Wife came down with something, ended up coming home early because of it. I think my mood is related. Generally, been feeling kind of "punk" the last couple of days--down, low energy, "not safe for fabrics", etcetera. Slept a lot Monday, more than usual; slept in after writing the blog post, then slept more after my wife got home and we had dinner.
Stator arrived Monday afternoon, a couple days faster than promised. I was going to go install it and see how the bike worked, but Mrs. Fungus wanted to be held, so I went to bed with her instead and we ended up sleeping for 2.5 hours. So it sits on my desk, being all new and shiny. Well, I'll get it done.
New stator doesn't differentiate between coils. Old one has three different wire colors; new one has three yellow wires. I'm led to understand that later models are all-yellow, and in fact it really doesn't matter which stator coil gets hooked to which leg of the rectifier as they're all electrically identical.
I really, really hope this fixes it.
We made the annual pilgrimage to Indiana on Sunday, which was the day after the anniversary of our second date, on which we...went to buy fireworks. Yeah. And went to a car show, and had ice cream. That was in 2012, so it's already been five years.
Fireworks will be fun. That's next week, though.
Had an idea for a story that might fit in the (still unwritten but for one story) Piss-Poor Judgement series, in which Kerr Mansfield and the eponymous ship end up hired by a guy who is looking for ancient artifacts. The guy is not what he seems, and the only real problem is that this story requires aliens in a universe where there aren't supposed to be any. Adding aliens complicates things, and I don't know if I want to make that change--but the story is tailor-made for PPV.
The first artifact they go after is called, by the guy, the "Jericho Shield". The aliens don't want humans to have it, and they go to a great deal of trouble to attempt to keep the humans from getting it without actually shooting at them. There end up being some other bits and pieces, like the "Wings of the Seraphim" and such, all built and left behind by ancient aliens etc.
The more I think about it, the more I realize this needs to be in a different universe entirely, because KM and PPJ aren't from a universe with aliens. Well, it was a nice thought while it lasted, anyway. So it'll be a new world I write this story in, something probably closer to Babylon 5 in tone.
Could be worse.
Apocalyptic Visions continues to stall.
There are a few things I could do to fix this. The first is, simply, to cheat: pick up action in the next chapter with, "Well, that certainly didn't go well, did it?" Backfill a bit and then forge onward, completely skipping over the actual ground combat scenes. This is a time-honored method of storytelling and there's nothing wrong with it, but I find it unsatisfying.
The second is, skip over it for now (maybe with some annotations) and write it in later when I've got it figured out. I've never liked doing this.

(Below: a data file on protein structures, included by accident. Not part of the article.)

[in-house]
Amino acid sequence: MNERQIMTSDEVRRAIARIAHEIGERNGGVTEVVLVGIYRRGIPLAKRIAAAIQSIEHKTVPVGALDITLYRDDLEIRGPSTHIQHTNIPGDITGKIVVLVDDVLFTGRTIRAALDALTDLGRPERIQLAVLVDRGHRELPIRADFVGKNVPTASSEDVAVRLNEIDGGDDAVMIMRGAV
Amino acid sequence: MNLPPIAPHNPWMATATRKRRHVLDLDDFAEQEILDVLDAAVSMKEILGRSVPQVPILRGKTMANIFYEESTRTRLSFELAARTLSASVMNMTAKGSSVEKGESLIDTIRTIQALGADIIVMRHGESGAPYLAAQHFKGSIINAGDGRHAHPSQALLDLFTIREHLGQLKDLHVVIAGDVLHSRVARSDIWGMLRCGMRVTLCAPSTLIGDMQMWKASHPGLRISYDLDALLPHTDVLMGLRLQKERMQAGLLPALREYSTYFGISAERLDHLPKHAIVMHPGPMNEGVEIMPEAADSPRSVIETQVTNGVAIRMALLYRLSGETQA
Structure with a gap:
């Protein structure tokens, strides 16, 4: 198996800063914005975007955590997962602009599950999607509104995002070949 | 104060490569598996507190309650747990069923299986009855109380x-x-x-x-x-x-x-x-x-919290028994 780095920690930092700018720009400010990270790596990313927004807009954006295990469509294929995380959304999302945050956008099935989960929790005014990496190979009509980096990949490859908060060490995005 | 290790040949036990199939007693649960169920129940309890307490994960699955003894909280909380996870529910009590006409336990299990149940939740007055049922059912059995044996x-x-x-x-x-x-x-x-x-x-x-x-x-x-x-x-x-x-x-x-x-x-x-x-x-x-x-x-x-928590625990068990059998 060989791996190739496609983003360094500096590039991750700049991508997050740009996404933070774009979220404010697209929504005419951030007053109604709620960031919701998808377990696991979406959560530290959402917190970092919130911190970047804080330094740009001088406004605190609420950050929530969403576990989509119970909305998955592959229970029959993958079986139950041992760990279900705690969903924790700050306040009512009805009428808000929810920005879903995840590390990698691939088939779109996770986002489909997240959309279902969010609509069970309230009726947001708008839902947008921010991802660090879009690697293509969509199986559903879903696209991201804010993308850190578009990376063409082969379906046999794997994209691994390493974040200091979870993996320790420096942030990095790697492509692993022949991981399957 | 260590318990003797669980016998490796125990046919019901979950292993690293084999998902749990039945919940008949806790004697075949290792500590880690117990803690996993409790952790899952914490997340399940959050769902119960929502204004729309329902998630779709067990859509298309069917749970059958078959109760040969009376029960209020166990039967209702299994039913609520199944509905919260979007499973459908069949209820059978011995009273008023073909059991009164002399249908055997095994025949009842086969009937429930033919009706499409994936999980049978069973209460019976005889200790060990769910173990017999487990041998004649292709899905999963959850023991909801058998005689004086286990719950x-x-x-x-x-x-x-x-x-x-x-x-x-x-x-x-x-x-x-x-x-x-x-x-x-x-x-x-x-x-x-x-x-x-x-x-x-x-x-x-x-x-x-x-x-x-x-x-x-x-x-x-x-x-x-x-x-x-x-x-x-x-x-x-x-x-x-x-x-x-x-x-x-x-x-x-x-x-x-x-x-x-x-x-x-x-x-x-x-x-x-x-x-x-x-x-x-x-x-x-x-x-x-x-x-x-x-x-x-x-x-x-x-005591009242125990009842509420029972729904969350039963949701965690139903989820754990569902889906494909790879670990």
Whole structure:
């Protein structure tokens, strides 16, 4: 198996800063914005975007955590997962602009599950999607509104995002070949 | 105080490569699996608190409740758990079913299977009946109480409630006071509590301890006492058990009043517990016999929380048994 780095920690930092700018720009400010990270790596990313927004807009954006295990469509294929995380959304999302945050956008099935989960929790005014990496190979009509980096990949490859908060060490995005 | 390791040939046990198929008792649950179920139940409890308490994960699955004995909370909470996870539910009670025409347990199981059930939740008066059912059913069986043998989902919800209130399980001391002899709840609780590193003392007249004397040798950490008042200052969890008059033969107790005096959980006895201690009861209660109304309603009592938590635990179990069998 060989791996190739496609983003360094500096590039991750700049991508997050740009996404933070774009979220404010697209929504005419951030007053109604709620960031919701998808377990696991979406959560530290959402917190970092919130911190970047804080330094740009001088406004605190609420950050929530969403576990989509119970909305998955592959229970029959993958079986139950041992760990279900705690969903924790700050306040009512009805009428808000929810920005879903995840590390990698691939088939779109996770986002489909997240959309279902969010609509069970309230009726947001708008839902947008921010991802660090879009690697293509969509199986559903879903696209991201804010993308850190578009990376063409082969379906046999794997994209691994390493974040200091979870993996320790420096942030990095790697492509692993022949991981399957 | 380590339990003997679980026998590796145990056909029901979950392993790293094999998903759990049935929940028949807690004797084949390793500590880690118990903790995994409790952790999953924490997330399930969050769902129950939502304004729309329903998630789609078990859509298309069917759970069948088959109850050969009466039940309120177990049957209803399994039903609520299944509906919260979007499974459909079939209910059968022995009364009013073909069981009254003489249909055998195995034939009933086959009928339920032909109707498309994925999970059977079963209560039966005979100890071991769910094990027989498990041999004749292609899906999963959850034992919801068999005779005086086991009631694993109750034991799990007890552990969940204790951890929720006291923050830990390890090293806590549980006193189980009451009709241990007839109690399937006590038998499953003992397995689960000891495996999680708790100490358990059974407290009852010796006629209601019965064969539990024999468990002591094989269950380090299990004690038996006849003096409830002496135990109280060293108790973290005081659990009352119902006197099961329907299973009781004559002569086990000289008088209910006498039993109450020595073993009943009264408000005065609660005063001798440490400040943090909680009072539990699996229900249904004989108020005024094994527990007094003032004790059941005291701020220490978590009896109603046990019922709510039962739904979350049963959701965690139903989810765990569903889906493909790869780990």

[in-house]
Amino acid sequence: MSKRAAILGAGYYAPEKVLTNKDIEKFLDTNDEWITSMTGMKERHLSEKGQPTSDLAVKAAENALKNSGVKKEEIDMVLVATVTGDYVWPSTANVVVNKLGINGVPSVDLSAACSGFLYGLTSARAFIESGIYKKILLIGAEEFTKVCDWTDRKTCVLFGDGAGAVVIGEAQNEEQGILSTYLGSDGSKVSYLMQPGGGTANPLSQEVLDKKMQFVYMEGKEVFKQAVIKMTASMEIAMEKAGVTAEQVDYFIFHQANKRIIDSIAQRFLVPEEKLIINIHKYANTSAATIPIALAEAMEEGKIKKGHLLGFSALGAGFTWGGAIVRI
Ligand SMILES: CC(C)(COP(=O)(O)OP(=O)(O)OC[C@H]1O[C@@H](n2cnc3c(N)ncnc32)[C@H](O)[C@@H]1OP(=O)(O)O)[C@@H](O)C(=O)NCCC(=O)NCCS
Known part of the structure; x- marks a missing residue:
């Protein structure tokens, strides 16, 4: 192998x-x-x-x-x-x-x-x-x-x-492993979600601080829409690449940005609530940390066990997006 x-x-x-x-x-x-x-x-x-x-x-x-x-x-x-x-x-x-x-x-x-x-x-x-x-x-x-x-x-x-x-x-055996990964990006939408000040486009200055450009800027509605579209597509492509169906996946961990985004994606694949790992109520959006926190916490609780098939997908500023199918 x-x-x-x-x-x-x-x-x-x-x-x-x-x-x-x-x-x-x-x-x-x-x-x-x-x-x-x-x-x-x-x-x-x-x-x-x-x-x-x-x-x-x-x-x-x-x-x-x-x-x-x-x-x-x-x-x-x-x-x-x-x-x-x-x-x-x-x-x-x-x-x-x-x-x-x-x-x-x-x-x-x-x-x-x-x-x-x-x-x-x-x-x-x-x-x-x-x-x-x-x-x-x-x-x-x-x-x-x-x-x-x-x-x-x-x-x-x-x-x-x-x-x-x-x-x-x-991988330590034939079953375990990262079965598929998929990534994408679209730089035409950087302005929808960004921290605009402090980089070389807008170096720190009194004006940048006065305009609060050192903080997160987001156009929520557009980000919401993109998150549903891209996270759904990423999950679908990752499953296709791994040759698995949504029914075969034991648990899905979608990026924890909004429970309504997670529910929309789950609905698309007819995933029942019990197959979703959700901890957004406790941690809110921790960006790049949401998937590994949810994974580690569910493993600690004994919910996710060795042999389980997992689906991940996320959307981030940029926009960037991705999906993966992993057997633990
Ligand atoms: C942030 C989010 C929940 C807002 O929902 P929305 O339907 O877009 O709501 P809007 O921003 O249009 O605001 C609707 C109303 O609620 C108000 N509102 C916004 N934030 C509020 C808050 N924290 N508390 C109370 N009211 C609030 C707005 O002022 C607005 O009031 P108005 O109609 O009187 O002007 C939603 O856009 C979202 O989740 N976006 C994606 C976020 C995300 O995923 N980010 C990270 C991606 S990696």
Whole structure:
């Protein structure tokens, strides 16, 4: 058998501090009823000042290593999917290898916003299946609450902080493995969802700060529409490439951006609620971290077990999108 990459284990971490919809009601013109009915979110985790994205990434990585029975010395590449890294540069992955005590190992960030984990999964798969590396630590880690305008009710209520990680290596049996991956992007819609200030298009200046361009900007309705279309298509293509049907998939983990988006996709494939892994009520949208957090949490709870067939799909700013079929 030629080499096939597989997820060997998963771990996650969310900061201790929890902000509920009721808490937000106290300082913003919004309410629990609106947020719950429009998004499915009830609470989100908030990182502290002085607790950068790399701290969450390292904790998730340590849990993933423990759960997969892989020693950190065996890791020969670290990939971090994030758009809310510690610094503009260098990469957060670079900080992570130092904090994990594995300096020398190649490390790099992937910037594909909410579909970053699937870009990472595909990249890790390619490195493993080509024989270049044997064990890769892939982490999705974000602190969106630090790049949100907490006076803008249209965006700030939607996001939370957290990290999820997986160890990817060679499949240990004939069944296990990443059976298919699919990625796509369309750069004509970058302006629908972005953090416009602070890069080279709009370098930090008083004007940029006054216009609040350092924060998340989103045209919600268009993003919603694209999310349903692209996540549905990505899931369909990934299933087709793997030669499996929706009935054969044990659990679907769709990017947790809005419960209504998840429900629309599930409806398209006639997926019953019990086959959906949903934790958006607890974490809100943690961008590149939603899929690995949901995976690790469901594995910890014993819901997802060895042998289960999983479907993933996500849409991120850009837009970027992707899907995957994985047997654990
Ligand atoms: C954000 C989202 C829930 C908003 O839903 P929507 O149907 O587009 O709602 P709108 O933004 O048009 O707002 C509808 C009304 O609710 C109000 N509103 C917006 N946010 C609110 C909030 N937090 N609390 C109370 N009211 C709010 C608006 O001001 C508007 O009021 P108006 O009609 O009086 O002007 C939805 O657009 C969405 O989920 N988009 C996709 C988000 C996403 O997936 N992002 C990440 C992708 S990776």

The third is simply to start writing it, with the knowledge that it'll need heavy editing to make it useful. I used to do this more often than I like to admit, which is why I have a bunch of computer disks littered with 2- or 3-chapter stories which peter out in the middle of the narrative: I had an idea, but when I got started on it, it didn't turn out to be as good an idea as I'd thought it would be, or it just didn't capture my attention. This runs the risk of me writing myself into a situation where I just don't care any longer.
The fourth is for me to leave it alone until the ideas come naturally. This is fine when you're not writing to deadline (and I am not) but when you have aspirations of actually being an author, you have deadlines to meet.
You know, when I was a kid and first starting on teaching myself to write fiction, I had the usual adolescent fantasies about my book being a best-seller. A lot of people told me I'd never write a best-seller--certainly that pile of hash will never make it!--but now I don't even care about that as long as people buy the books and I make a little money on them. (Granted: the money from a best-seller would be nice. I'm not going to hold my breath.)
I am now told, by people whom I trust, that the stuff I write is very good and worth reading. And my own clinical assessments, where I try to keep my bias to a minimum, have shown that I certainly write well enough to be a pro (and considering that some really crappy books get published...). It's just a matter of making that first sale.
Marko Kloos managed to do quite well by self-publishing his first novel, but he had a larger audience than I do, and word-of-mouth sold a lot of copies of his debut novel. Which got him noticed by an agent, which got him a contract, etc, etc.
So I go outside and look up at the stars until the afterimage of my monitor goes away. I think I see the faintest indication of the Milky Way overhead, something usually invisible through light pollution and humidity, but tonight is very cool and dry. I realize that living here on Earth, in this time, I am only going to ever see the surface of this world, and won't travel beyond it. And in reality, that's likely to be the fate of 99% of the people ever born, whatever world they're born on, even when space travel is routine, someday.
None of which helps my mood any.
Ultimately, of course, the prescription for all this is pretty simple, and one I know well by now: You're not going to fix anything by staying up to all hours and moping about it. Go to bed and get some sleep; you've got things to do tomorrow.
And so, as usual, I retire for the night.